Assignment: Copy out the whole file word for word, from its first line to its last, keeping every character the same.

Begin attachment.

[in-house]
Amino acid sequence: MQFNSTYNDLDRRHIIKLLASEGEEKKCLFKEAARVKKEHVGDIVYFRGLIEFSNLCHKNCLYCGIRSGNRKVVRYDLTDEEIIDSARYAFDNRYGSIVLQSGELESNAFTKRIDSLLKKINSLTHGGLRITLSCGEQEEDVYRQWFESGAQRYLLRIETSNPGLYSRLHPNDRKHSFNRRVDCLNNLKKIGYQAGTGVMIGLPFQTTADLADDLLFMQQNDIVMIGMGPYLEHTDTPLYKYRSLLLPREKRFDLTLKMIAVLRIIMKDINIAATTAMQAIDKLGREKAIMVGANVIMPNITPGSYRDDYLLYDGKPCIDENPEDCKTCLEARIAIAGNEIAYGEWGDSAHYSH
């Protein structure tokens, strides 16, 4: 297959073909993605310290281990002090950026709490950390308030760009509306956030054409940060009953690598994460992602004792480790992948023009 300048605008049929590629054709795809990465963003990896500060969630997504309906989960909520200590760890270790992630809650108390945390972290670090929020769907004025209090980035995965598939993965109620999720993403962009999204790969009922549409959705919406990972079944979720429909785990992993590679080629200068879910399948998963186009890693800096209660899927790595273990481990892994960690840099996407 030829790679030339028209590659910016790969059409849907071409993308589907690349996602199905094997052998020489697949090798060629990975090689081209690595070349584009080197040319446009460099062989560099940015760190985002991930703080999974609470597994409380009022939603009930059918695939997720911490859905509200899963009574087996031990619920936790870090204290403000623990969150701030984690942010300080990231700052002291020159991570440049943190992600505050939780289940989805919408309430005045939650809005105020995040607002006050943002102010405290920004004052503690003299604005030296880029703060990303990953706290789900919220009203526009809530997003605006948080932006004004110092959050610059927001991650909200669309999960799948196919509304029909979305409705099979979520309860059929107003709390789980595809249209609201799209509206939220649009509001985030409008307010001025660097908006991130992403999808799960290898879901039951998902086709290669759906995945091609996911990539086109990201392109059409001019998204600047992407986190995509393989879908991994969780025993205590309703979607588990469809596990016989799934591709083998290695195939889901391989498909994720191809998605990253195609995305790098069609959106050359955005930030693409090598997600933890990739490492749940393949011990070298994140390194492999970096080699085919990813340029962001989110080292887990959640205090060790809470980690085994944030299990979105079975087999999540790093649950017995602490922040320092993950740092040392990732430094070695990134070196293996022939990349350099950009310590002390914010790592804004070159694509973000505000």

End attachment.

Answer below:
[in-house]
Amino acid sequence: MQFNSTYNDLDRRHIIKLLASEGEEKKCLFKEAARVKKEHVGDIVYFRGLIEFSNLCHKNCLYCGIRSGNRKVVRYDLTDEEIIDSARYAFDNRYGSIVLQSGELESNAFTKRIDSLLKKINSLTHGGLRITLSCGEQEEDVYRQWFESGAQRYLLRIETSNPGLYSRLHPNDRKHSFNRRVDCLNNLKKIGYQAGTGVMIGLPFQTTADLADDLLFMQQNDIVMIGMGPYLEHTDTPLYKYRSLLLPREKRFDLTLKMIAVLRIIMKDINIAATTAMQAIDKLGREKAIMVGANVIMPNITPGSYRDDYLLYDGKPCIDENPEDCKTCLEARIAIAGNEIAYGEWGDSAHYSH
């Protein structure tokens, strides 16, 4: 297959073909993605310290281990002090950026709490950390308030760009509306956030054409940060009953690598994460992602004792480790992948023009 300048605008049929590629054709795809990465963003990896500060969630997504309906989960909520200590760890270790992630809650108390945390972290670090929020769907004025209090980035995965598939993965109620999720993403962009999204790969009922549409959705919406990972079944979720429909785990992993590679080629200068879910399948998963186009890693800096209660899927790595273990481990892994960690840099996407 030829790679030339028209590659910016790969059409849907071409993308589907690349996602199905094997052998020489697949090798060629990975090689081209690595070349584009080197040319446009460099062989560099940015760190985002991930703080999974609470597994409380009022939603009930059918695939997720911490859905509200899963009574087996031990619920936790870090204290403000623990969150701030984690942010300080990231700052002291020159991570440049943190992600505050939780289940989805919408309430005045939650809005105020995040607002006050943002102010405290920004004052503690003299604005030296880029703060990303990953706290789900919220009203526009809530997003605006948080932006004004110092959050610059927001991650909200669309999960799948196919509304029909979305409705099979979520309860059929107003709390789980595809249209609201799209509206939220649009509001985030409008307010001025660097908006991130992403999808799960290898879901039951998902086709290669759906995945091609996911990539086109990201392109059409001019998204600047992407986190995509393989879908991994969780025993205590309703979607588990469809596990016989799934591709083998290695195939889901391989498909994720191809998605990253195609995305790098069609959106050359955005930030693409090598997600933890990739490492749940393949011990070298994140390194492999970096080699085919990813340029962001989110080292887990959640205090060790809470980690085994944030299990979105079975087999999540790093649950017995602490922040320092993950740092040392990732430094070695990134070196293996022939990349350099950009310590002390914010790592804004070159694509973000505000």